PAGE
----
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NBA Kills Chris Paul-to-Los Angeles Lakers Trade, Impacts Orlando Magic Positively and Negatively

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(Photo by Harry How/Getty Images)
(Photo by Harry How/Getty Images)
Getty Images

Shortly after the Los Angeles Lakers, Houston Rockets, and New Orleans Hornets agreed on a trade proposal that would send Hornets all-world point guard Chris Paul to L.A., the NBA nixed the deal and told all players involved to report to their current teams' training camps Friday, reports Adrian Wojnarowski of Yahoo! Sports. Commissioner David Stern killed the trade because, Wojnarowski says, "a chorus of owners were irate with the belief that the five-month lockout had happened largely to stop big-market teams from leveraging small-market teams for star players pending free agency." The NBA is the Hornets' custodian, meaning the owners of the other 29 teams also, in a way, own the Hornets.

Notably, Mike Bresnahan of the Los Angeles Times cites a source as disputing Wojnarowski's report. "Not true that owners killed the deal," Bresnahan quotes his source as saying. "League office declined to make the trade for basketball reasons."

The situation has several implications for the Orlando Magic. Having been rebuffed in their efforts to land Paul as their star of the future, the Lakers could redouble their efforts to pry Dwight Howard from Orlando. With Paul off the table for L.A., Howard becomes its top target; Deron Williams, who like Paul and Howard is eligible for free agency in 2012, could also draw more attention from L.A. as a result of this news. This is the negative news from a Magic standpoint.

The news isn't all bad, however, as I'll outline below the jump.

But on a happier note, from an Orlando perspective, it keeps Paul on the trade market. Ken Berger reported a week ago that Paul informed the Hornets in July 2010 he wanted them to trade him to one of three teams: the Lakers, New York Knicks, and Orlando. With Los Angeles now out of the running and New York wanting for trade assets, Orlando might have just taken the lead in the Paul sweepstakes, assuming he hasn't had a change of heart between last July and now.

Put the July 2010 request together with the news that Paul and Howard have spoken recently about teaming up and the possibility of a Paul/Howard pairing becomes a bit more real. Add the New Orleans Times-Picayune report that Orlando is among several teams to have "preliminary trade discussions" with the Hornets regarding Paul, and... you get the idea.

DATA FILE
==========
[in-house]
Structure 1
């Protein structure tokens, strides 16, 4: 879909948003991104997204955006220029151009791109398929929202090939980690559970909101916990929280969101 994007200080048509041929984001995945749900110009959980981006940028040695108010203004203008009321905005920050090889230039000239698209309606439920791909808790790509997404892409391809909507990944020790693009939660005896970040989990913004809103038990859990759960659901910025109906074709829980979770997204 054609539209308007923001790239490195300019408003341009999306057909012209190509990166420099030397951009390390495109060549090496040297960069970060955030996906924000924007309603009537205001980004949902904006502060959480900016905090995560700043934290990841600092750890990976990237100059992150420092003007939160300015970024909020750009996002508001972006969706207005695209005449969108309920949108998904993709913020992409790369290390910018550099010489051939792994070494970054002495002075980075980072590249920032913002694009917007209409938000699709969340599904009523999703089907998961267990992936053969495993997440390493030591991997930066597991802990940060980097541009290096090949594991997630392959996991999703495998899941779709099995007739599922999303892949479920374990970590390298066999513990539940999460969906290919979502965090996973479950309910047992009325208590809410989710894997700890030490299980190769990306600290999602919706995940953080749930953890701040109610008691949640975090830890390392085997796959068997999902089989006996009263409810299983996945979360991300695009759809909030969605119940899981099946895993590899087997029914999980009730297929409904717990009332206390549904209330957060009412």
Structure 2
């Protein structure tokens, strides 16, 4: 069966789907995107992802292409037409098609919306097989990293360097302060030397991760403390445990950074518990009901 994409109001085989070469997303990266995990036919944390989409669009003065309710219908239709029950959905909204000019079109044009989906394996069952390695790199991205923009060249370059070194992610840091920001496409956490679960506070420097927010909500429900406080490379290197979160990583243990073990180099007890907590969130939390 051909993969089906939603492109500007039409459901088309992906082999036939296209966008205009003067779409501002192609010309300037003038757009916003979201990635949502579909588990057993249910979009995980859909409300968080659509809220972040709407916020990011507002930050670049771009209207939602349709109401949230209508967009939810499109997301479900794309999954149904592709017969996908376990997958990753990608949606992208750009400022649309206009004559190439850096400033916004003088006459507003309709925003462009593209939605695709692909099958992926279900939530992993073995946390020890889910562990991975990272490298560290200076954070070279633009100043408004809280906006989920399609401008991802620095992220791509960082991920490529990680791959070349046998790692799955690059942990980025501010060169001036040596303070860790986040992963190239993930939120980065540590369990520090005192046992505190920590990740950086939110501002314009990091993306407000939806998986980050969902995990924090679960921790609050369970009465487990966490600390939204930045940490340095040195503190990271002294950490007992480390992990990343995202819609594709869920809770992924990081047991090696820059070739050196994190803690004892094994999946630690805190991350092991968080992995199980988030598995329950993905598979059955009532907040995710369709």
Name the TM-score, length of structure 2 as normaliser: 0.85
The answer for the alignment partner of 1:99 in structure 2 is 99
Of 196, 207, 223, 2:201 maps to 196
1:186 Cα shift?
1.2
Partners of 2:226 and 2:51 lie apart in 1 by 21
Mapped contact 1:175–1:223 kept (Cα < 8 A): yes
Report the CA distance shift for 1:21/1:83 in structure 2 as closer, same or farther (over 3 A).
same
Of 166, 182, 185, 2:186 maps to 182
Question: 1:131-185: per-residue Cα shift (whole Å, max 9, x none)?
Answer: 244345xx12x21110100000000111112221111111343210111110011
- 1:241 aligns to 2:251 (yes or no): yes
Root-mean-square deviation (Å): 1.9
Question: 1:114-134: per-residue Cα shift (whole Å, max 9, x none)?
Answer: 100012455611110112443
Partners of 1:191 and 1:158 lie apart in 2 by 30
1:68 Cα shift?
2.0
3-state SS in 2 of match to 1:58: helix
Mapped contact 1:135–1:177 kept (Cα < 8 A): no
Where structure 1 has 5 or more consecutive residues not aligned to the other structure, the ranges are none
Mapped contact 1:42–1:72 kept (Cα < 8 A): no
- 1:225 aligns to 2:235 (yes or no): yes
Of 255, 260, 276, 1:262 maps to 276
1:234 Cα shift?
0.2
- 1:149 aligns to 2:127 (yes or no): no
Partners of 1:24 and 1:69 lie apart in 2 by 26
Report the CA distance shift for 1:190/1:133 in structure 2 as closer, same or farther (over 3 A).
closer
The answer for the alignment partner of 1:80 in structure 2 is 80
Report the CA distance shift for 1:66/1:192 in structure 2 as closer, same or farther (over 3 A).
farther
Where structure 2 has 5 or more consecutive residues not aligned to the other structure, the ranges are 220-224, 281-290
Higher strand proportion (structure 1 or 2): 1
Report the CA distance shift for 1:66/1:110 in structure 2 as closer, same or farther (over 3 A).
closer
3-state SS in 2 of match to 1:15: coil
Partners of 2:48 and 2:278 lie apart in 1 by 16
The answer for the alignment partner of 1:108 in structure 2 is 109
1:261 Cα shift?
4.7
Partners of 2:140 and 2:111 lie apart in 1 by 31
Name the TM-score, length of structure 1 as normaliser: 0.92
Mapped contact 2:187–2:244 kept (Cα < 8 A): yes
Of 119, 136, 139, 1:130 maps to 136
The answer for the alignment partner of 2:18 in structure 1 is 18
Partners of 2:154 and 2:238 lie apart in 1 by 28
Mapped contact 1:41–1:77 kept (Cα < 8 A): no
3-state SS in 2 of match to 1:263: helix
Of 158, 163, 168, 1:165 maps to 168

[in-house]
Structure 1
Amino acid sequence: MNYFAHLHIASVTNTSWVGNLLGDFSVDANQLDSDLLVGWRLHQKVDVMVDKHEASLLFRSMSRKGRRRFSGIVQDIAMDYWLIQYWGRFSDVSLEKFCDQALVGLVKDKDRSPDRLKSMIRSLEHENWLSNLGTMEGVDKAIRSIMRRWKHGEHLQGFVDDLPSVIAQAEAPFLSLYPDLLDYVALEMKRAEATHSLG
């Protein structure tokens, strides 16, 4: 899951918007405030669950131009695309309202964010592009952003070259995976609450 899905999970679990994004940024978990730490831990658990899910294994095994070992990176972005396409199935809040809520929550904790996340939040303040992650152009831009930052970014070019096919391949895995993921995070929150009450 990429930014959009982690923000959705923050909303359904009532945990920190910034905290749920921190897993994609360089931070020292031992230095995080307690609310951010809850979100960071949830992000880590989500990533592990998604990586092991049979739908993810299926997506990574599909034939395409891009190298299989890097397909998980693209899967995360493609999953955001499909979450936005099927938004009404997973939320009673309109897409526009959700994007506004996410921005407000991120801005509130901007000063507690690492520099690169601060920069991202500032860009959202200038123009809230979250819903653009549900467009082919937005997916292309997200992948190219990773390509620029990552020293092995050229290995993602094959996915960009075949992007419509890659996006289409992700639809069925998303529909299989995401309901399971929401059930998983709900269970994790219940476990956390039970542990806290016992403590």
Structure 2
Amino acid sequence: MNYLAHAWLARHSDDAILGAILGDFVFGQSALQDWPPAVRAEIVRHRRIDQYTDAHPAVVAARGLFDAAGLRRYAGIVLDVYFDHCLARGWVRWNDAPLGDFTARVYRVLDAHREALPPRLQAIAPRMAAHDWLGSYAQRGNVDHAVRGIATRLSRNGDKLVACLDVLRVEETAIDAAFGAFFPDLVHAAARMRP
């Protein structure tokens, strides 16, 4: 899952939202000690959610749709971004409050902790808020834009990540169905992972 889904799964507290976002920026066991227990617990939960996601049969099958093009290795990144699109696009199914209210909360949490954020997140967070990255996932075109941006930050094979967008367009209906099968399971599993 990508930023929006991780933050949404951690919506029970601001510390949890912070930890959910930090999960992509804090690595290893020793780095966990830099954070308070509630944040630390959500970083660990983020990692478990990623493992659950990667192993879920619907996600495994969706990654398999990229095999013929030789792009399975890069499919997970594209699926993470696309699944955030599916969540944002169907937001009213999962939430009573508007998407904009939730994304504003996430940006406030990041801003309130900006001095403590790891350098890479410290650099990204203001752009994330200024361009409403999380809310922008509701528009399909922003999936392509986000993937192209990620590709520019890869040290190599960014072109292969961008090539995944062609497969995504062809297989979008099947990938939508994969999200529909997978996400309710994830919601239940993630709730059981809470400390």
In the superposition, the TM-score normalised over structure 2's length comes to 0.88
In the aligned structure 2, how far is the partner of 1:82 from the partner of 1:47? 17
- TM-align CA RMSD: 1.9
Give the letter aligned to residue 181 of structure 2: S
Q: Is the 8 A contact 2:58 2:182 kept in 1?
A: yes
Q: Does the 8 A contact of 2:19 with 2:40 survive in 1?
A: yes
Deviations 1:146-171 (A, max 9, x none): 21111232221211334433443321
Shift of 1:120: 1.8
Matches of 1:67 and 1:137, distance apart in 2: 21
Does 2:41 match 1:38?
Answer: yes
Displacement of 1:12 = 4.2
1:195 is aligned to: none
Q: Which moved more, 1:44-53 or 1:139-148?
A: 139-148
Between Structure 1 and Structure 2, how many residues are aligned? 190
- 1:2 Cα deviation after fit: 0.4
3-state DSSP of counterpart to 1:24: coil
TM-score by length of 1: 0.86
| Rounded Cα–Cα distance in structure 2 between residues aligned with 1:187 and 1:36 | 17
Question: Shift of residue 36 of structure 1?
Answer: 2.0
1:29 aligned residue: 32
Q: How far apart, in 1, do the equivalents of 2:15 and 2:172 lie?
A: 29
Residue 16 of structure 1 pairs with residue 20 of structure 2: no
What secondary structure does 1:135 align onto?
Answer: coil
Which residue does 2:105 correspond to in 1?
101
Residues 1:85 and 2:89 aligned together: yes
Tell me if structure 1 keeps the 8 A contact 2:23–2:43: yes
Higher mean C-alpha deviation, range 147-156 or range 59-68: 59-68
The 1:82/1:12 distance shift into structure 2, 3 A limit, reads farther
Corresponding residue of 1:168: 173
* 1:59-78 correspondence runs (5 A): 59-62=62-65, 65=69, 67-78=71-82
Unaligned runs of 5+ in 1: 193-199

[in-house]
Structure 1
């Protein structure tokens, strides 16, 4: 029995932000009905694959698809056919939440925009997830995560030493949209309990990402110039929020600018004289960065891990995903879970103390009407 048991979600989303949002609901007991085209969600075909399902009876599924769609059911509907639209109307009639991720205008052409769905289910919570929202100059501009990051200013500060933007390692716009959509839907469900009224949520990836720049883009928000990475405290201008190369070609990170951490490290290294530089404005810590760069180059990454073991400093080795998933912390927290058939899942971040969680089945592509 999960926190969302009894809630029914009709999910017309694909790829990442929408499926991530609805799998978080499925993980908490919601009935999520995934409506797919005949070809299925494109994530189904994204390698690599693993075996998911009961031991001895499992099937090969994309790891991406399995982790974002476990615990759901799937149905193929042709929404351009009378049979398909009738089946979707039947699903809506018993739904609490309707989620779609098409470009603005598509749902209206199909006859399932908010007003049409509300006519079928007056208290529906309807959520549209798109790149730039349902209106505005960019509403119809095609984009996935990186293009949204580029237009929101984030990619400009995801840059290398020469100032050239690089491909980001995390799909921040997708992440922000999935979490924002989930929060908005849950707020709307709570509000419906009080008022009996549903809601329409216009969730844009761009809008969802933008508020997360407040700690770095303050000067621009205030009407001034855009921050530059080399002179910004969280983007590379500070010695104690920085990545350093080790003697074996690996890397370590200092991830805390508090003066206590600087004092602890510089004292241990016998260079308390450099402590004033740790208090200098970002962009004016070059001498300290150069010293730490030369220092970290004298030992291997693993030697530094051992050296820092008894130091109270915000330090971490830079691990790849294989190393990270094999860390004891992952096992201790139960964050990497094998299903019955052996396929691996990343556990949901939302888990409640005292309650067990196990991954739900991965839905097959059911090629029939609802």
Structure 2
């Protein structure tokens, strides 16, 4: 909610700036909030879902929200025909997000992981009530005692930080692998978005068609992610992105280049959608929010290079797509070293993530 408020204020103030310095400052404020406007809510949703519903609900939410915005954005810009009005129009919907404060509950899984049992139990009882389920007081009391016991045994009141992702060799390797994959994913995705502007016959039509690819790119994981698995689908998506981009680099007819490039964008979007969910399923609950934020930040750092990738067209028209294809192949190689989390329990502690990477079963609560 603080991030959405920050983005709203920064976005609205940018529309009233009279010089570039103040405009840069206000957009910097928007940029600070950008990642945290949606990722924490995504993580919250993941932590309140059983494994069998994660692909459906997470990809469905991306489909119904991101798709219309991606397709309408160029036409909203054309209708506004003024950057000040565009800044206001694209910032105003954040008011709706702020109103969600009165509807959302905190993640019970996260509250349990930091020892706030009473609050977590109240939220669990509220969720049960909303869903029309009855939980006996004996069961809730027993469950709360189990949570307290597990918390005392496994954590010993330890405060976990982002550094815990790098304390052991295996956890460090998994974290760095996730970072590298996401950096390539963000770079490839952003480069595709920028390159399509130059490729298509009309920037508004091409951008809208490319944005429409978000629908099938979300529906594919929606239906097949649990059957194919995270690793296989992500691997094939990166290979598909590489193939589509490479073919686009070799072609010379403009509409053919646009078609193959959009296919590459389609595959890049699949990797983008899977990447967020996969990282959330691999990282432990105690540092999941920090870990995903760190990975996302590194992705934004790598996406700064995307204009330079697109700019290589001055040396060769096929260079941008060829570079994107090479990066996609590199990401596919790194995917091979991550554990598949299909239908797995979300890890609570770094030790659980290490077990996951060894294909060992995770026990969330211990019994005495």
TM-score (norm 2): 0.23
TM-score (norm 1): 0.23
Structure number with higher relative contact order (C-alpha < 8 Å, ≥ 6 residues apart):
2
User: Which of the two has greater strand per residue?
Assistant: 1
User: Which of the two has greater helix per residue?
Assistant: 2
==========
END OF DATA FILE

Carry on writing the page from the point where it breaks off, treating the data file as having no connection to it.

Obviously, there are obstacles to any trade, and Orlando's biggest at the moment is coming up with enough assets to convince New Orleans to pull the trigger on a Paul deal. In the one the NBA killed tonight, the Hornets would have received Lamar Odom, Kevin Martin, Luis Scola, Goran Dragic, and a future first-round draft pick. If you buy Bresnahan's source saying the league nixed the trade for basketball reasons, that means it didn't think that package was good enough for Paul. Orlando cannot, on its own, put together a deal nearly as attractive; about the best it could hope for is that Houston is still interested in facilitating a trade, which seems doubtful because, under the one the league killed, it would have received Pau Gasol. Without the Lakers' involvement, there's simply no incentive for the Rockets to get involved.

Again, there are complications. But in the NBA, superstars ultimately have the final say where they'll play, even after the latest lockout. I'm behind Henry Abbott all the way when he argues that's not a bad thing:

In deciding where Chris Paul ought to live after his contract is up in New Orleans, there is a list of people who need to weigh in. The list is: 1) Chris Paul and 2) his family. There is no number 3.

That's the freedom Paul has earned not by being an NBA player, nor by being a superstar. That's the freedom he has earned by being an adult in the free world.

We're in for a nutty season, and the rumors haven't even begun to really start swirling yet. Get ready.

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